VirtualBox is powerful, packed with great features, and most importantly, free. It is a slimmed-down software that requires little more than a current Intel or AMD processor and offers seamless integration and switching functions on the host desktop. It is also available on all major platforms and offers plain text XML files for easy navigation. It remains coupled with special software packages designed to help users share folders and drives between guest and host operating systems.
The software works almost identically regardless of the host platform and even offers 3D virtualization, resolutions for several screens and commendable hardware support, among other things. The latest updates include new virtual machine compatibility for Oracle Cloud (VirtualBox is managed by Oracle, so this type of compatibility is essential for the software), support for nested hardware virtualized on Intel CPUs, Linux host / guest functions , GUI fixes and additional 3D support. It's not the fastest or most dynamic when compared to similar offerings, but quality often comes with a high price. Fortunately, both support and updates are excellent – although you may need some technical knowledge to make everything work the way you want it to.
Gnome's Boxes is a virtualization creation and management tool developed for Linux that can help you customize all kinds of virtualization tools – from specific workstation setups to activating operating systems. The simple, elegant user interface allows you to easily see at any time which virtualization systems you have and how they work. If you're looking for an easy-to-use virtualization solution for Linux, give Gnome Boxes a try: it works great with QEMU and Virt Manager, which are ideal tools for more back-end work.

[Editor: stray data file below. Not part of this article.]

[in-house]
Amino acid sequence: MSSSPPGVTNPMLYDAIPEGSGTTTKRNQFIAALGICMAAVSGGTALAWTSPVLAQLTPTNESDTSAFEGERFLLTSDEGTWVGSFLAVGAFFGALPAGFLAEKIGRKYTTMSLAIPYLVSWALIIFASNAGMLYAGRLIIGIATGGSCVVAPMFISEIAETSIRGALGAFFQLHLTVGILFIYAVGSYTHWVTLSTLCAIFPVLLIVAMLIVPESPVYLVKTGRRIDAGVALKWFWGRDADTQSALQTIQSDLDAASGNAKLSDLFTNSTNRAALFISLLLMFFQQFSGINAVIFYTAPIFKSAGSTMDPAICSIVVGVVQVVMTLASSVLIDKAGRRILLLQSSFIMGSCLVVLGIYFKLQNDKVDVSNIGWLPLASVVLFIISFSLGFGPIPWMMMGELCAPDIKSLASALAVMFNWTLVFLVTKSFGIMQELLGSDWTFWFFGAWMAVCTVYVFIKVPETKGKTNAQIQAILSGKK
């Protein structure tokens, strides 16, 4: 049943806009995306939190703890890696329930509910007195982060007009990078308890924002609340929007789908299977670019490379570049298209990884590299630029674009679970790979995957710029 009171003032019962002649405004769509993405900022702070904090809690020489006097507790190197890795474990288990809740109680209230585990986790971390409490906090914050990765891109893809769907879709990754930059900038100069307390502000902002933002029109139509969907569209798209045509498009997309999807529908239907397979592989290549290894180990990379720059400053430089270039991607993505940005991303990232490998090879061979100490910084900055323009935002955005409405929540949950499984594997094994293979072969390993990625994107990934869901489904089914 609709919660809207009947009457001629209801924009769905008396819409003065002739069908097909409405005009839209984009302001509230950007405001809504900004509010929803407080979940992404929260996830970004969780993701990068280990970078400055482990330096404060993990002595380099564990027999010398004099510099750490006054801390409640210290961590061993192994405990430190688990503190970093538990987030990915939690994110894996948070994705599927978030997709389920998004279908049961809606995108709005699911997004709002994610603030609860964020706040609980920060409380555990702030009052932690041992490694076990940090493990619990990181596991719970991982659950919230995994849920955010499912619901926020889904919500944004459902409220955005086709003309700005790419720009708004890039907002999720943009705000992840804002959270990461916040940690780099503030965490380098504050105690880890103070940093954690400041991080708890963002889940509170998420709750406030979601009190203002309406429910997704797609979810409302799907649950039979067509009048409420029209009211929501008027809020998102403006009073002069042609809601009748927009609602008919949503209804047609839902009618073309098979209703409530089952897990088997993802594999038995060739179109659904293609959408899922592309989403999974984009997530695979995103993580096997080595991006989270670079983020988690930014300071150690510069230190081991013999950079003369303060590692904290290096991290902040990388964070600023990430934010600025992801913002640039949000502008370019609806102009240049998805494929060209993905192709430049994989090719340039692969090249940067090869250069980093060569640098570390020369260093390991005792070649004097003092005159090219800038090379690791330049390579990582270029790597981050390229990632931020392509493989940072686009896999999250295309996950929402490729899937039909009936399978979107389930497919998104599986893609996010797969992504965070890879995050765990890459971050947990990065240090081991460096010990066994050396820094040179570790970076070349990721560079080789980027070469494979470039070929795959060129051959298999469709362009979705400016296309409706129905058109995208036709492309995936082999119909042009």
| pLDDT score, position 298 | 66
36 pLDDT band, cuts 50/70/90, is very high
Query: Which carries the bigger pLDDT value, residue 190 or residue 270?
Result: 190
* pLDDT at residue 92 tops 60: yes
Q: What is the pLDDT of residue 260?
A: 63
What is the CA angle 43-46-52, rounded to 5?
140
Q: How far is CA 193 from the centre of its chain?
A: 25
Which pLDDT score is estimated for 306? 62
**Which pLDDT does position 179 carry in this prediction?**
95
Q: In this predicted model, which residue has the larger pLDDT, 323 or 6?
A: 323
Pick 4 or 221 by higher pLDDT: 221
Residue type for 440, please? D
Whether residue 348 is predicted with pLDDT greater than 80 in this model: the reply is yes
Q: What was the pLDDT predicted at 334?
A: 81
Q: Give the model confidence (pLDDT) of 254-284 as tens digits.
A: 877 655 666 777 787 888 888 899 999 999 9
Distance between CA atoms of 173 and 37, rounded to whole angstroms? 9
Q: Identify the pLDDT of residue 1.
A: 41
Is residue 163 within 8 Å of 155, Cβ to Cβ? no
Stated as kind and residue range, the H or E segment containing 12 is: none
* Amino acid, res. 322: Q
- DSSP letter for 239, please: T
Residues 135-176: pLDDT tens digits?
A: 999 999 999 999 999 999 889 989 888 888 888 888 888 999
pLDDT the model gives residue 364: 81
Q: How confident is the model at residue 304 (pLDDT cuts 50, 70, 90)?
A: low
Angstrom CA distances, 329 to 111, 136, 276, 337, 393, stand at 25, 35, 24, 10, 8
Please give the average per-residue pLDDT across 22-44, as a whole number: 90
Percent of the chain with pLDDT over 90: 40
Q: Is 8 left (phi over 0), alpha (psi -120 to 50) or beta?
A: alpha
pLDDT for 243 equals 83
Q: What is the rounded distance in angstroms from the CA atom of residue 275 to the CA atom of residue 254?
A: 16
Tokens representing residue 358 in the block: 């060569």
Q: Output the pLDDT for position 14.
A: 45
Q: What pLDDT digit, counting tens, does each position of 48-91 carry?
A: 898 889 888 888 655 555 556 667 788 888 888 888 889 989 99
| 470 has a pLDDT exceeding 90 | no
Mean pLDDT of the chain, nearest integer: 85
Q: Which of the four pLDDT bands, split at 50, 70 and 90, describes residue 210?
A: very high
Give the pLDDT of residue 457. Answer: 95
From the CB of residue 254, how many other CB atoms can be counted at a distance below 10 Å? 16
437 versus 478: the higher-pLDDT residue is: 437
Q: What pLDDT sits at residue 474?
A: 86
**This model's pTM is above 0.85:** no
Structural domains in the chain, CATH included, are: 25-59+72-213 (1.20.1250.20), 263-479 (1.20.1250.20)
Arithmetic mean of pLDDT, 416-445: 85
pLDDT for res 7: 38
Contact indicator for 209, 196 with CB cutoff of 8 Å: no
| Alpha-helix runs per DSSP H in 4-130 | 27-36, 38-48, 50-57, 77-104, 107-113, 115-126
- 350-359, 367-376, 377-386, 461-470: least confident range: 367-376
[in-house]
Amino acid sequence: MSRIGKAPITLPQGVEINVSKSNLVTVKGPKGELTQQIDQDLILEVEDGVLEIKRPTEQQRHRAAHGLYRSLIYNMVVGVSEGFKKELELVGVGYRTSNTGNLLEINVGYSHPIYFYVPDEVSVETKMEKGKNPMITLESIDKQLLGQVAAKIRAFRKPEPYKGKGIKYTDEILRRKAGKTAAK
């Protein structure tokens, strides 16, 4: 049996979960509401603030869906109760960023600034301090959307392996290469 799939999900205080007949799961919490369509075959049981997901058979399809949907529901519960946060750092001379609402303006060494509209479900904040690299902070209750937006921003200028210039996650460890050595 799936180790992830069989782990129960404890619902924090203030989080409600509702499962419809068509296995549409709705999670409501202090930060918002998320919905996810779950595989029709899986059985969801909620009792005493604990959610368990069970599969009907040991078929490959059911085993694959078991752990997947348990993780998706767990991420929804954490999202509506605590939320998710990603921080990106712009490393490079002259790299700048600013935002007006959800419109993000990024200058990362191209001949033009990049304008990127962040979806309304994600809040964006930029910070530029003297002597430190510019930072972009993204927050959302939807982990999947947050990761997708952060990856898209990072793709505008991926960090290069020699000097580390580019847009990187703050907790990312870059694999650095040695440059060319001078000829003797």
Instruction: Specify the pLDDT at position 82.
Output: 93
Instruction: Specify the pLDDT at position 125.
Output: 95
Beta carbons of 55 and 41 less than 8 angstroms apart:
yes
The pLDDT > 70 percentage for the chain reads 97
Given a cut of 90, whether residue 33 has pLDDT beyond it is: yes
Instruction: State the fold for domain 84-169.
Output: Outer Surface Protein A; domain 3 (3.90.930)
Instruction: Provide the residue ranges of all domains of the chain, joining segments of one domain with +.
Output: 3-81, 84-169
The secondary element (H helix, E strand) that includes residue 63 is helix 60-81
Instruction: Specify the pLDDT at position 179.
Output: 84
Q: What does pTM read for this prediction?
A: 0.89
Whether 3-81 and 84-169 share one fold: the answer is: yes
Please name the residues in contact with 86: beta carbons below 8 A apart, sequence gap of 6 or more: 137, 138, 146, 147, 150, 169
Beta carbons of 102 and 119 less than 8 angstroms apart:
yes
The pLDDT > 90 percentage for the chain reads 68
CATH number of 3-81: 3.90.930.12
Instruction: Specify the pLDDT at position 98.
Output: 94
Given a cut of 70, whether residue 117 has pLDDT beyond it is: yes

Note that boxes automatically assign resources for virtualization based on manufacturer recommendations. If Boxes cannot find any recommendations or virtualization information from the processor, it will automatically allocate 20 GB of memory and 500 MB of RAM. So be prepared for it.
Apple's Boot Camp is literally not a virtual machine, but it's worth a mention as people looking for virtual machines are often curious about them. The software included on all Macs allows users to dual boot both MacOS and Windows. Rather than emulating an operating system, Boot Camp lets you set up a partition on the hard drive so you can install the Windows operating system of your choice. Since it runs directly from the hard drive, running Windows through Boot Camp results in a far better experience than any virtual machine.
However, your storage space will be split in half and you won't be able to run the best Mac apps and Windows apps side by side. The software requires hard drive partitioning. You must also restart your computer every time you want to change operating systems.
It's worth noting that while Boot Camp is not itself a virtual machine, you can run your Boot Camp partition as a virtual machine using Parallels 14 (see above). This utility gives you quick access to Windows when you want it on macOS and full power when you have enough time to restart your computer and start Windows right away.